Resignation of Gary Johns from Australian charities regulator ends Liberals’ war on sector, Labor says | Australia news

The government has welcomed the resignation of controversial charity regulator Gary Johns, saying the election has ended the Coalition’s “nine‑year war on charities”.

New assistant charities minister, Andrew Leigh, said late Friday that Johns would resign as the head of the Australian Charities and Not-for-profits Commission. This role gave him power over charity registrations, investigations, and compliance.

The 2017 appointment of Johns – a former News Corp columnist who criticized charities for engaging in political advocacy – attracted significant controversy.

The charity sector said that the decision to place an “anti-charities campaigner” in a role that wielded such significant power was “bizarre” and could scare not-for-profits away from criticizing government policy.

Johns also met criticism in 2018 for refusing to back away from past comments that pregnant Indigenous women were being used as “cash cows” to obtain government benefits. He has also been criticized for his 2015 comments that anyone whose “sole source of income is the taxpayer, as a condition of benefit, must have contraception”.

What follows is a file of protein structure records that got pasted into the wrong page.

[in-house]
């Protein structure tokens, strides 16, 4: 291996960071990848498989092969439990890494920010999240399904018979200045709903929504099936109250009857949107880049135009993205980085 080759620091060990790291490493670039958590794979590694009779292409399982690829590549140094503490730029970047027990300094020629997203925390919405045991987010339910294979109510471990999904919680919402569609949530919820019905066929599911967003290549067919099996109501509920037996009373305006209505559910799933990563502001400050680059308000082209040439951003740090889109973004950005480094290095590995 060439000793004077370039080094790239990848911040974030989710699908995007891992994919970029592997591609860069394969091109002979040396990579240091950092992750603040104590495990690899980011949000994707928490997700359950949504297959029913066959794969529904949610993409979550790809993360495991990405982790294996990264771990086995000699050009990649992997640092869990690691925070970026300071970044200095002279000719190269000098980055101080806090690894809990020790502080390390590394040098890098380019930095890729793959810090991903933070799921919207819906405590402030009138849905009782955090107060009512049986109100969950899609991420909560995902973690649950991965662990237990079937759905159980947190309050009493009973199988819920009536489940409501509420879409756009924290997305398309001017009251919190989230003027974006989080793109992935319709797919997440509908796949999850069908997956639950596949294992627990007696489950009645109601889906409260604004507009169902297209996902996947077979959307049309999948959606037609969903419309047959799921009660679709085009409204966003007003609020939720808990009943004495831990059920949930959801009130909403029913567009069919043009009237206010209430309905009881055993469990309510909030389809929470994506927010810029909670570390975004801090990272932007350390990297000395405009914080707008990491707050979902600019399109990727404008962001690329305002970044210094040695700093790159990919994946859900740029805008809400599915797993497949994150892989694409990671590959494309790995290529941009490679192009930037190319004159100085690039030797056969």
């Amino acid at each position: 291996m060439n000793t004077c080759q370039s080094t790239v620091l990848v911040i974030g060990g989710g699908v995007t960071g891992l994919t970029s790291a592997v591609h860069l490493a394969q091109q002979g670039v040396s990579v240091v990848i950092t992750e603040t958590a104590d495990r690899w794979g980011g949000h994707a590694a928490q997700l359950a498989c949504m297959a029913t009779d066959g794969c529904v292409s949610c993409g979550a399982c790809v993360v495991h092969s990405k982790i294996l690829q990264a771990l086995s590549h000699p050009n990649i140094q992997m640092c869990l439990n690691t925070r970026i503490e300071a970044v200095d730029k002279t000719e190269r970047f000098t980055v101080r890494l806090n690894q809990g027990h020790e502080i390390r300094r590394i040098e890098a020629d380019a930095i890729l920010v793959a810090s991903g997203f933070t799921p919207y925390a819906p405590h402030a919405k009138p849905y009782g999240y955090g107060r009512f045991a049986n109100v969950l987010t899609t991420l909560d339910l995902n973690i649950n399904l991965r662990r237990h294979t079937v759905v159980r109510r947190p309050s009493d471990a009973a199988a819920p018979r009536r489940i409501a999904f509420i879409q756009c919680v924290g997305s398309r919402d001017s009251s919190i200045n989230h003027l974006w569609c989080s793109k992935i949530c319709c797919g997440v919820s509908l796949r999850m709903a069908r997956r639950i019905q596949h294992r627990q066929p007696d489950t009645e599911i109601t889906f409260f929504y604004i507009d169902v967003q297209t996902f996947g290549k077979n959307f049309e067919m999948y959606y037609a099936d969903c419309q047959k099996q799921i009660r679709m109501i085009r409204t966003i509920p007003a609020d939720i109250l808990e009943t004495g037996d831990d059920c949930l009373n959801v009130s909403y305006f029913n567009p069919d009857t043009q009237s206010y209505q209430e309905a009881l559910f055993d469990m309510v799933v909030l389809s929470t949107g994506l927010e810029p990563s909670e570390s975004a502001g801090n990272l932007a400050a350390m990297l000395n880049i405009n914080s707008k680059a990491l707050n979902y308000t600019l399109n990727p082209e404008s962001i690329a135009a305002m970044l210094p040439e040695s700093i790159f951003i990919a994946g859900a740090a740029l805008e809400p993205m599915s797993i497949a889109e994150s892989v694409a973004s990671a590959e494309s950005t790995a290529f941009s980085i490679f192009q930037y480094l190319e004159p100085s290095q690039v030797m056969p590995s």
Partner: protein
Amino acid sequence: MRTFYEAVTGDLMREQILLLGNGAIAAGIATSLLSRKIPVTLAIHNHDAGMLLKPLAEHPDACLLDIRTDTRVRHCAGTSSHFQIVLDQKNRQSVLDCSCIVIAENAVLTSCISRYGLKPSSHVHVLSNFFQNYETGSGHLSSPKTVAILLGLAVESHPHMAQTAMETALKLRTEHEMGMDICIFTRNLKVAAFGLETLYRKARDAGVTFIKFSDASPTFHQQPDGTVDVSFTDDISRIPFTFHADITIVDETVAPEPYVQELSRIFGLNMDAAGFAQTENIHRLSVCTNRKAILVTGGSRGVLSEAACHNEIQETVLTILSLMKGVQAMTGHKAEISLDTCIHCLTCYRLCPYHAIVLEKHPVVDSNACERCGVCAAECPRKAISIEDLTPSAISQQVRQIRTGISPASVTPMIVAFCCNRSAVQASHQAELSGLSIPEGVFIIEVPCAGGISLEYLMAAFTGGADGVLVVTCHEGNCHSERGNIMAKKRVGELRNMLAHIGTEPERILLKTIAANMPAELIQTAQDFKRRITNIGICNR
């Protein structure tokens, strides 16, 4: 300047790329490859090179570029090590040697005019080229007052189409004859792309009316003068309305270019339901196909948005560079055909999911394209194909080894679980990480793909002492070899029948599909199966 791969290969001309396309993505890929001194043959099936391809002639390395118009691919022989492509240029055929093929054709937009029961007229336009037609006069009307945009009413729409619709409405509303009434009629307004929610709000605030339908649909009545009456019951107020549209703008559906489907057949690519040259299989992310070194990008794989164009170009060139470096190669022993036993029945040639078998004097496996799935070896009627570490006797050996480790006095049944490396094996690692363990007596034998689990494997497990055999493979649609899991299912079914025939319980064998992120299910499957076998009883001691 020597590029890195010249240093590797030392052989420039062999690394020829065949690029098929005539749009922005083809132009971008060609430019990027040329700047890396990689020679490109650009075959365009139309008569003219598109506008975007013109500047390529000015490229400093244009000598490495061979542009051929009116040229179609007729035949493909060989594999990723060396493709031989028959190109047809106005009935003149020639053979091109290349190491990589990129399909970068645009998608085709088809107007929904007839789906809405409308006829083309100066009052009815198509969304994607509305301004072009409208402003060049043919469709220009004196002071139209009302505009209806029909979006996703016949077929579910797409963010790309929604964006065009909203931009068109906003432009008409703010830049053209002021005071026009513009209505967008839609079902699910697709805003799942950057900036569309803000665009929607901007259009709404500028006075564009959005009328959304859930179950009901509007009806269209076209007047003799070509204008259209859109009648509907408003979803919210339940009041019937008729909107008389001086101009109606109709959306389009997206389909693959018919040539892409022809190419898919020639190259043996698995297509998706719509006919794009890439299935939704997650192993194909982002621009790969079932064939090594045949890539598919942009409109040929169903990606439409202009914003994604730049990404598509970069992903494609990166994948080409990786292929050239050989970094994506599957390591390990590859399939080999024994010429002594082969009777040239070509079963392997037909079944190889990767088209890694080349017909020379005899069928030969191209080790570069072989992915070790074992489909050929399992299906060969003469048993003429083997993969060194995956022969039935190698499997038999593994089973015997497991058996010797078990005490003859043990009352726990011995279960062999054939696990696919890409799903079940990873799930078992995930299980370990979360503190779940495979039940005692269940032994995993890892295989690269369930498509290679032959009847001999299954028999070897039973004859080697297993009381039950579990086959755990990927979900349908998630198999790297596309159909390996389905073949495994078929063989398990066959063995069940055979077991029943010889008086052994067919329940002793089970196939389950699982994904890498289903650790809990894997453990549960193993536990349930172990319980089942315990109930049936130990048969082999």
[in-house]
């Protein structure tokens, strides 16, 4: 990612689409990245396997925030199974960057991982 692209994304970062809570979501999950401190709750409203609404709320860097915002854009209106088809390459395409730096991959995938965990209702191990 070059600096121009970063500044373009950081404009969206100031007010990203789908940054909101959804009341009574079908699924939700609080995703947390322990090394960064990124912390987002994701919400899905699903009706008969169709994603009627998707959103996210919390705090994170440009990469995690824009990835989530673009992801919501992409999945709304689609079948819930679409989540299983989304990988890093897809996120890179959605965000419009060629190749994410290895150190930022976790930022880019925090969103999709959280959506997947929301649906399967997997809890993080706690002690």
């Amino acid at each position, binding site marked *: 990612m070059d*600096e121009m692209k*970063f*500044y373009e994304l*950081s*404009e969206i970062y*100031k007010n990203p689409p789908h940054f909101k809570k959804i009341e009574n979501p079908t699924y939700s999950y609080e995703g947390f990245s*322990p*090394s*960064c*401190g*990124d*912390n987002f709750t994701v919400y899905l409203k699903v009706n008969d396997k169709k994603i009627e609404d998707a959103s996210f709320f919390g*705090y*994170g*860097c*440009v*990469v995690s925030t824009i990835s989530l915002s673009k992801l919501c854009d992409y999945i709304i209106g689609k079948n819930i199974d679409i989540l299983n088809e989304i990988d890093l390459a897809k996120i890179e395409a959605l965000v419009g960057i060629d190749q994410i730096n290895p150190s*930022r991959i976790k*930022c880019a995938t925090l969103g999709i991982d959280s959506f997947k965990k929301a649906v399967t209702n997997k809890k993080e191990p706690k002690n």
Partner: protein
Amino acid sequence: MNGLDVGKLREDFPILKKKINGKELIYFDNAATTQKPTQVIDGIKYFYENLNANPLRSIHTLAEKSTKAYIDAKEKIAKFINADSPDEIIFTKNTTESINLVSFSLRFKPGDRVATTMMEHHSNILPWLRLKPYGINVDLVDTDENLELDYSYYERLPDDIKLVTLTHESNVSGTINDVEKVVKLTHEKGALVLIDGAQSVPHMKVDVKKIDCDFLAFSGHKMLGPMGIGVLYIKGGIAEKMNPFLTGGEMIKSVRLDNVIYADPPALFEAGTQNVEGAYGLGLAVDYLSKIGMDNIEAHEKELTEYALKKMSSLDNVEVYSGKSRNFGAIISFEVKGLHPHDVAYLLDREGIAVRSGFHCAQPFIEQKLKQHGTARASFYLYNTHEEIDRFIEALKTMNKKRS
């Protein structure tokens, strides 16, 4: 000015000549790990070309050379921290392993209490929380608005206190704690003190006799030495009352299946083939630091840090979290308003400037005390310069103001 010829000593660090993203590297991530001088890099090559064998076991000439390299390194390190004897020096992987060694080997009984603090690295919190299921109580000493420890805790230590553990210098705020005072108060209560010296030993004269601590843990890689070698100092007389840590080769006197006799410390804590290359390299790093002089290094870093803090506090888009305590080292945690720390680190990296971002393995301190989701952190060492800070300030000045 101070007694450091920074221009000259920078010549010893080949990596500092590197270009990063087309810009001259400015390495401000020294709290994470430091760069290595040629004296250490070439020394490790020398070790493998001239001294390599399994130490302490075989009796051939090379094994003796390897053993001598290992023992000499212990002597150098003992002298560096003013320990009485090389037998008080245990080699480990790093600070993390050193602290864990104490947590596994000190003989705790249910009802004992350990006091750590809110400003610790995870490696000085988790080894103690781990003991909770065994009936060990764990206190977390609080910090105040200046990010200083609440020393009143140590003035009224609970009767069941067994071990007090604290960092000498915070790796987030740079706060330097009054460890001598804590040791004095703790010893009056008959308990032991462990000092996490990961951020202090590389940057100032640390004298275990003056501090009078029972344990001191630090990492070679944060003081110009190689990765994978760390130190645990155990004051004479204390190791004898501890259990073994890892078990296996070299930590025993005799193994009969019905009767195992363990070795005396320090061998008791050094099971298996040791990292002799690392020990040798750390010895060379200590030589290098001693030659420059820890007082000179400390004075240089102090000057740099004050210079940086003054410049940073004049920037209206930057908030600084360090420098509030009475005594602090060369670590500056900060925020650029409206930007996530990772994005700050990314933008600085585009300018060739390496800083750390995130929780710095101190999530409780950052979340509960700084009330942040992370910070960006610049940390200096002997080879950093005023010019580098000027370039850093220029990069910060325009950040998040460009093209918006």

On Friday night, Leigh said he welcomed Johns’ resignation. He told the Guardian he had not contacted Johns since taking on the charities portfolio.

“It’s entirely his own decision,” he said.

Australia news

Leigh said the government would now begin a search for a suitable replacement who can “work constructively with charities and non-profits to not only uphold the laws and regulations but to strengthen the social fabric”.

“The election ended the Liberals’ nine‑year war on charities,” he said.

Johns was a federal Labor MP and minister until 1996. After leaving parliament, he joined the Institute of Public Affairs, where he stayed for almost a decade as a senior fellow. Before his appointment at the ACNC, Johns had experience as a director at the Australian Institute for Progress, as an associate commissioner of the Productivity Commission, and worked as an academic at the Queensland University of Technology and Australian Catholic University. He had expertise in issues of public service and policy.

He responded to criticism of his appointment by saying he was “neither friend nor foe” to the sector.

“My job is to apply the law, and advocacy is a charitable purpose when taken in conjunction with other charitable purposes,” Johns said.

Leigh said the Albanese government would run an open and transparent process to find the best-qualified candidate to replace him.

“The Albanese Government will engage with the sector with respect and creativity and work to fix fundraising, increase charitable giving, and build a stronger charitable sector to support vulnerable Australians,” he said. “We recognize that it accounts for 10 percent of employment and a significant amount of GDP and that charitable advocacy plays a vital role in our democracy.”

Bella E. McMahon
I am a freelance writer who started blogging in college. I am fascinated by human nature, politics, culture, technology, and pop culture. In addition to my writing, I enjoy exploring new places, trying out new things, and engaging in conversations with new people. Some of my favorite hobbies are reading, playing music, making crafts, writing, traveling, and spending time with my family.